There is absolutely no doubt that I was banned from the University of Winnipeg in January of 2012 because of reports of a death threat I had made. Don Metz would testify that he was 100% sure it was a death threat. Yet when I first asked him on the witness stand why I was banned from the campus, he claimed he didn't know. It was only with great effort that I could get him to "remember" the incident with the death threat.
The funny thing is that VP Neil Besner's memory was no better when it came to the same incident. You'd think that if a student got banned from the campus for making death threats that the people involved would remember the reason. But apparently not.
So I thought that security chief Martin Grainger, who actually signed the trespassing order, would be able to set things straight. Wrong again. Grainger had yet another theory as to the reason for the ban. Under direct examination, he said that the trespassing order was drawn up on the basis that when the Registrar had asked security to accompany him to deliver a classroom suspension notice, they decided they might as well ban me from the property altogether. And when pressed as to the reasons for the classroom suspension, he testified that the only complaint he knew about was that I had verbally assaulted a classroom guest, an ASL interpreter who had been invited for a presentation.
There is no doubt that I was banned because of the death threat. So why did three different witnesses, when asked for the reason, profess to know nothing about it? I'll let you think about that for a while.
And while you're thinking about it, remember there were two trespassing orders. One in 2012 for the "death threat", and the other in 2013 for the "home invasion". The funny thing is that the same witnesses who couldn't remember the death threat of 2012 were equally evasive when it came to remembering the home invasion of 2013.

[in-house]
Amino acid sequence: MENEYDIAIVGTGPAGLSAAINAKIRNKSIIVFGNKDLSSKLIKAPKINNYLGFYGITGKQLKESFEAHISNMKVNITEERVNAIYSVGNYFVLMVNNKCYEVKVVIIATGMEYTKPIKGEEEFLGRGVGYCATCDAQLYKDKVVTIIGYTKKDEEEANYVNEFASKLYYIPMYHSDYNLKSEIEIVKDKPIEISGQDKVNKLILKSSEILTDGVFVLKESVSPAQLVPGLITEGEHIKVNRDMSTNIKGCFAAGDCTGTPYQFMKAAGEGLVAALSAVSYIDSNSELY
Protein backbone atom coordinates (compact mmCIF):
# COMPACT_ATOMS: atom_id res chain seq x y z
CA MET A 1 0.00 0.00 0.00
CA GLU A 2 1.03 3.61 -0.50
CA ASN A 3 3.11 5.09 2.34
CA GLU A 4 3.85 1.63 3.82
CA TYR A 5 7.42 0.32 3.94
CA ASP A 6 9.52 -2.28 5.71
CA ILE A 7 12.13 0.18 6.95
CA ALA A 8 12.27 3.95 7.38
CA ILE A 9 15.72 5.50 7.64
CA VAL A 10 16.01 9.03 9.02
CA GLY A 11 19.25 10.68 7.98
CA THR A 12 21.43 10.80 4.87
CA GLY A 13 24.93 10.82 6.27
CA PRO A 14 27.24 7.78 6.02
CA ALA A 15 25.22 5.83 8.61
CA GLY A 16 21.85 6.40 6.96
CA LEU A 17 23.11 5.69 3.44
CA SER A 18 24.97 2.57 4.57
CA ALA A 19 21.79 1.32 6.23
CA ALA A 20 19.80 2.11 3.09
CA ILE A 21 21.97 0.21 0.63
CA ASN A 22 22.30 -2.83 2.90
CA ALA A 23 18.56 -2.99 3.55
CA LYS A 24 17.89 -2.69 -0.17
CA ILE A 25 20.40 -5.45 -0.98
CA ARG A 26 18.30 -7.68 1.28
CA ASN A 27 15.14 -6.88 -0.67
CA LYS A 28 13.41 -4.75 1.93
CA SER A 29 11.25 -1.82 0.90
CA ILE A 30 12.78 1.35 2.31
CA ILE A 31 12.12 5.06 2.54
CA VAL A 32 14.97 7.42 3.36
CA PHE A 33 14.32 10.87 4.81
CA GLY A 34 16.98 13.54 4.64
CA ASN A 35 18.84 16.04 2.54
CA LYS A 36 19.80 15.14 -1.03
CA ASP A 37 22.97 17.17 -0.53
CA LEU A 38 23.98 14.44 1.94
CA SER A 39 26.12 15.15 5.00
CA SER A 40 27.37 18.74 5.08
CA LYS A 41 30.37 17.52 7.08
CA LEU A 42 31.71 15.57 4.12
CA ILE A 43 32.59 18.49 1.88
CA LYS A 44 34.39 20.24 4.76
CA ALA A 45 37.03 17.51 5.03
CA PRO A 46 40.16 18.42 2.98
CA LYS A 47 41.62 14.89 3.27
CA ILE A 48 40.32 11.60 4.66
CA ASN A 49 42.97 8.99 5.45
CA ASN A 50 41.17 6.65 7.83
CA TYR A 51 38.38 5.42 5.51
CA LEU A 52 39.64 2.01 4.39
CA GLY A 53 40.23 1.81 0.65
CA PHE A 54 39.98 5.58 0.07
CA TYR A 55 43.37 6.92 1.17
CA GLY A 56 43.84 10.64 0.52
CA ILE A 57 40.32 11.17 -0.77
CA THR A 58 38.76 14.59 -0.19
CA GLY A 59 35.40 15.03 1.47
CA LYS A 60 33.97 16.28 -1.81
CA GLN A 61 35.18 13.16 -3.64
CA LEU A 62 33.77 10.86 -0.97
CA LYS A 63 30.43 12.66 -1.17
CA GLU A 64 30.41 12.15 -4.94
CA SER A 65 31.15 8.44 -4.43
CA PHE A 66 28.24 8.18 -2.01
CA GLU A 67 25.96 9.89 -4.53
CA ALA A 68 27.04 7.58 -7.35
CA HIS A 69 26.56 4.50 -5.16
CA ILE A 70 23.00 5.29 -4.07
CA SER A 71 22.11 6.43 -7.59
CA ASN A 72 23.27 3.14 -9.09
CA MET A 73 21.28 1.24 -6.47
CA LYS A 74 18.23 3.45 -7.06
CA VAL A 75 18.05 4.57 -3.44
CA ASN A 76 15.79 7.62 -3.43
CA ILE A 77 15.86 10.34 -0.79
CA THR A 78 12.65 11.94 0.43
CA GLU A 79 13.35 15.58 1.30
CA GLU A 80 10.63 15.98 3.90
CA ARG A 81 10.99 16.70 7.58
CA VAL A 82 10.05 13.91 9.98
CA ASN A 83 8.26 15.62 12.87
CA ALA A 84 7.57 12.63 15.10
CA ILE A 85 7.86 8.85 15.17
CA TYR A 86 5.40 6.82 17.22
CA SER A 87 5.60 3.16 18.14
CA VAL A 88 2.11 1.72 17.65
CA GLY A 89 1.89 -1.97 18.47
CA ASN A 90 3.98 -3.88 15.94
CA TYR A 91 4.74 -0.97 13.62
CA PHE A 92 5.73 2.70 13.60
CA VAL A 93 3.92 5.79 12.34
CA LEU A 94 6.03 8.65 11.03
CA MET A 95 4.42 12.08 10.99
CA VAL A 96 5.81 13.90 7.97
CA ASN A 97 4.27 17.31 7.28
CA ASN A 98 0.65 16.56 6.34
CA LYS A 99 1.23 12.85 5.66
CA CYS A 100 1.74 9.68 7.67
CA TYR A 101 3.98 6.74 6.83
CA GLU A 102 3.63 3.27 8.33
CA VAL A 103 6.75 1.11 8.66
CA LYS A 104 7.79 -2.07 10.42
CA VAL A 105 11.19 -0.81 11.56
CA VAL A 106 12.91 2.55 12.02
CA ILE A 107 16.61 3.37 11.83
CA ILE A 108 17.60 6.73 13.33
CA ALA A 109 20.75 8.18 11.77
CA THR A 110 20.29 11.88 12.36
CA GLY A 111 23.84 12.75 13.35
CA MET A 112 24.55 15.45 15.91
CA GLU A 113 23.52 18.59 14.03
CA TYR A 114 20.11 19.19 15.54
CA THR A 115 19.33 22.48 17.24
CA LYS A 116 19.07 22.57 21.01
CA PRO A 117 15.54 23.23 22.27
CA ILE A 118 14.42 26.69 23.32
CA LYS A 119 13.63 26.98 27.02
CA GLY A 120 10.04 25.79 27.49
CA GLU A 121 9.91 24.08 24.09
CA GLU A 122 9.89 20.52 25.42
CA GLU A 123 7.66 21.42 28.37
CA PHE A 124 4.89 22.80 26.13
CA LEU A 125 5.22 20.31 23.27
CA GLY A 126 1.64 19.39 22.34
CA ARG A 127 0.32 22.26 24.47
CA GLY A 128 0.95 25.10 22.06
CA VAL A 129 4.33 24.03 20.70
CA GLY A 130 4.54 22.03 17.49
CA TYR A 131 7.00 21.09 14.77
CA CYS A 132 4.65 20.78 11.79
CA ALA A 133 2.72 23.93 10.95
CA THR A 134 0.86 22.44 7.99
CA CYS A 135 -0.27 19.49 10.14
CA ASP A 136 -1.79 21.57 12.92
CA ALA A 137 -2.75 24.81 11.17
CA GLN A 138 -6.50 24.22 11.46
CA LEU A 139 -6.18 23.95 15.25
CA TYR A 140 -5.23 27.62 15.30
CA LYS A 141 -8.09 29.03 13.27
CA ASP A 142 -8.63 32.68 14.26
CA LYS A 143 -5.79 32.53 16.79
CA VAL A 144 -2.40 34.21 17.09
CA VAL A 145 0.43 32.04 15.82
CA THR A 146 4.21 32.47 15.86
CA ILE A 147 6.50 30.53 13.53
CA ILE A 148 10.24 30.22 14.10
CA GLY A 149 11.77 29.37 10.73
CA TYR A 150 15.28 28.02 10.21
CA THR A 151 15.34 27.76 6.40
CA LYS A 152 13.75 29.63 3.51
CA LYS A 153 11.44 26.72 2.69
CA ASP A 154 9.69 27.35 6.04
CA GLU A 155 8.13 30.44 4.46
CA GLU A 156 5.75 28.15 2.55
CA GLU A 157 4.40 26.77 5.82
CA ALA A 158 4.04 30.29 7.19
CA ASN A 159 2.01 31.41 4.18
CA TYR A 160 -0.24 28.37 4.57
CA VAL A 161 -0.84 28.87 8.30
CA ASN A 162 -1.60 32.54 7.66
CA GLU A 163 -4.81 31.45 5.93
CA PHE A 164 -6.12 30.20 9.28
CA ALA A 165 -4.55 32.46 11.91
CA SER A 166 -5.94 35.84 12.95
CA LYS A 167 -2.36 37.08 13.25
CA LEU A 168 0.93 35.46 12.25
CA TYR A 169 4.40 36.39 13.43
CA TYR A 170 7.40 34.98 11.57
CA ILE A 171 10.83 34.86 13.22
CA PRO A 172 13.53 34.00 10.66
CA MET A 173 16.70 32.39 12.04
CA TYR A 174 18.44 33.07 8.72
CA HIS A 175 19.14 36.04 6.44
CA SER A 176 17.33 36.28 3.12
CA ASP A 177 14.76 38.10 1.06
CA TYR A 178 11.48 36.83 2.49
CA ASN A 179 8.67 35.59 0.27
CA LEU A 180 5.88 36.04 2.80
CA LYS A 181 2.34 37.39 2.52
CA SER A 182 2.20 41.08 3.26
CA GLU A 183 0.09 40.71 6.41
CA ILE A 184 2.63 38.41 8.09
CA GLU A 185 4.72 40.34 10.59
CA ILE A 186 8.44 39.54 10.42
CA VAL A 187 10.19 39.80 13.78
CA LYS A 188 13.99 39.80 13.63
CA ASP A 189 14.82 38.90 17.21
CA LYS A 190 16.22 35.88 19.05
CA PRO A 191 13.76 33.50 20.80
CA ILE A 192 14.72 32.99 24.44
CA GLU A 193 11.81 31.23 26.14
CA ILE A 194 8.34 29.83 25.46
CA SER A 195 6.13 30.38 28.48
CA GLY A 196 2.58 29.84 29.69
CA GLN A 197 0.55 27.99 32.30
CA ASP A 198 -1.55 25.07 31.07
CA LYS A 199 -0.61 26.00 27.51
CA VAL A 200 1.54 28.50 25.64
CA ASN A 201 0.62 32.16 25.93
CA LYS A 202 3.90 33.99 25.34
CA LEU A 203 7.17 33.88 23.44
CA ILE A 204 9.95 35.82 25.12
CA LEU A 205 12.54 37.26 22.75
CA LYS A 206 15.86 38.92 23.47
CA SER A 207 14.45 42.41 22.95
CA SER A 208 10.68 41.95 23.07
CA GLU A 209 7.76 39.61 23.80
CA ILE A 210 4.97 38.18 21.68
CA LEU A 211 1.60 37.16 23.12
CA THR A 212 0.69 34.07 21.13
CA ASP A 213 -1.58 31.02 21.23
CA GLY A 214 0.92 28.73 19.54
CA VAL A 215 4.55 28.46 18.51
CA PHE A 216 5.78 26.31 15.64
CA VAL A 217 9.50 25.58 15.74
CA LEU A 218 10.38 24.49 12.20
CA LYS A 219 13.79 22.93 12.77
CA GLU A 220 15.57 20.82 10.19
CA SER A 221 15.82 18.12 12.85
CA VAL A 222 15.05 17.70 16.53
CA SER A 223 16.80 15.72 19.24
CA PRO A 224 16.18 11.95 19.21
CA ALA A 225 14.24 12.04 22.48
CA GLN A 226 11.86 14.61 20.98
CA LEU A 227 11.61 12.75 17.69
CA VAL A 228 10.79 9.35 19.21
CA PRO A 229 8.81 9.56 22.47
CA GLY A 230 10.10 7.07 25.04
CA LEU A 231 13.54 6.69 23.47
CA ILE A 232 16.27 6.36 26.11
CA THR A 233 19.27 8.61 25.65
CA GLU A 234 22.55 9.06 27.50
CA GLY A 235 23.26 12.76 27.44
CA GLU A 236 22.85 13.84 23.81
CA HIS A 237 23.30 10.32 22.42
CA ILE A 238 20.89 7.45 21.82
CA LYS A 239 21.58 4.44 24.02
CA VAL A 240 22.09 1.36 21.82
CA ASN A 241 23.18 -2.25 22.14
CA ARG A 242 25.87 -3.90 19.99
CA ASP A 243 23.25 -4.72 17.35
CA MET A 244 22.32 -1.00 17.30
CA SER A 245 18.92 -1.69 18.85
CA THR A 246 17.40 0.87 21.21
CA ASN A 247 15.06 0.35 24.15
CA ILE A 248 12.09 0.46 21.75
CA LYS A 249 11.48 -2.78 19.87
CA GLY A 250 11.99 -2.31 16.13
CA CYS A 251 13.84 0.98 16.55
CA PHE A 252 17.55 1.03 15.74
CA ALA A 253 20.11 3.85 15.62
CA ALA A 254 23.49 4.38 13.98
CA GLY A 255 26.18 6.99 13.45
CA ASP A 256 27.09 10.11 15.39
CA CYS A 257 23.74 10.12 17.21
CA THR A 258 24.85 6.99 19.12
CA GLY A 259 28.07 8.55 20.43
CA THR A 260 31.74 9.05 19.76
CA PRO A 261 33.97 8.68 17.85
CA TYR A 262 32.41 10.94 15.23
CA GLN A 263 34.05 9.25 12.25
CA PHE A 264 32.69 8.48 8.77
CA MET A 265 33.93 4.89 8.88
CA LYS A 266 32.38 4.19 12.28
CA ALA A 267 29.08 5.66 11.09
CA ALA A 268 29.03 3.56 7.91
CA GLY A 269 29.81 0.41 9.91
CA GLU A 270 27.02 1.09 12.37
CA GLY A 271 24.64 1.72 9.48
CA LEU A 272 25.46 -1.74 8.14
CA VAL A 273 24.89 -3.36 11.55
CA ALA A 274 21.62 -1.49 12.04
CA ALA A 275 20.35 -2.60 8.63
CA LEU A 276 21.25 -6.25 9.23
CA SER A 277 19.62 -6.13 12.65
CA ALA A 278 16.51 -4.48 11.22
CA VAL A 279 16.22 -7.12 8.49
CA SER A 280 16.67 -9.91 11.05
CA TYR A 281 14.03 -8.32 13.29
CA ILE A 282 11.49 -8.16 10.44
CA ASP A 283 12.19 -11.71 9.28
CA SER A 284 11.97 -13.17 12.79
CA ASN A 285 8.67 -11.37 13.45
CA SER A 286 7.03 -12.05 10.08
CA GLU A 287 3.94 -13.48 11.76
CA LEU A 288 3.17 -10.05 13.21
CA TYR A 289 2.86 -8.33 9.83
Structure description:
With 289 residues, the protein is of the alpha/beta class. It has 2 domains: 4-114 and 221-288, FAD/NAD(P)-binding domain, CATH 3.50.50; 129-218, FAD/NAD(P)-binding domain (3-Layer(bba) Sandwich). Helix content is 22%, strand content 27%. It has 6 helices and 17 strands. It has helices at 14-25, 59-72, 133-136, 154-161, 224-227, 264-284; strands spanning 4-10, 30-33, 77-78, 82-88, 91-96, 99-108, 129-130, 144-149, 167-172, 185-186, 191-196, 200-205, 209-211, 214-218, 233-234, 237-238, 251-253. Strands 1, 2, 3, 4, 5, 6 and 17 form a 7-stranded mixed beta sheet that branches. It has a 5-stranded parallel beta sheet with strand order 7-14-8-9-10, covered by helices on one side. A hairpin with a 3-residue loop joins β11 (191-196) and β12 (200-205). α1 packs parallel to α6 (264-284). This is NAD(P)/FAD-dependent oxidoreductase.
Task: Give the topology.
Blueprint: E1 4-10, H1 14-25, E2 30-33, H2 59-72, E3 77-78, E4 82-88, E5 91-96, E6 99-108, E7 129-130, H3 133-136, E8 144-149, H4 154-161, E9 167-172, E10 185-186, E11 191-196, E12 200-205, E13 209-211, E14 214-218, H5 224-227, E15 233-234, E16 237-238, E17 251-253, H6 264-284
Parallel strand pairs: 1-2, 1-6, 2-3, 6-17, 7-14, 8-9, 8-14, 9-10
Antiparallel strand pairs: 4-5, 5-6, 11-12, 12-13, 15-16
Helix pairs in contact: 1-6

It's hard to avoid the conclusion that the University knew that both the "death threat" and the "home invasion" were cock-and-bull stories that wouldn't hold water under scrutiny. They could get away with it in their own internal star chambers, where I wasn't allowed to know the charges against me or confront my accusers. But this was a real court, and the rules were different. That explains why the University was being deliberately evasive, trying to muddy the waters by asserting multiple reasons for the two trespassing orders. But in doing so, they had made a huge mistake.
The "verbal assault" on the ASL interpreter had nothing to do with the reason I was in court. But by invoking it as a reason for the first trespassing order (and then trying to argue that the second order was merely an extension of the first) they had opened it up for cross-examination. So I subpoenaed Lauralyn Cantor, the professor who had witnessed the verbal assault, and whose written complaint to the Dean would form a major pillar of the Non-Academic Misconduct charges which led to my expulsion.
Her testimony would be disastrous for the university.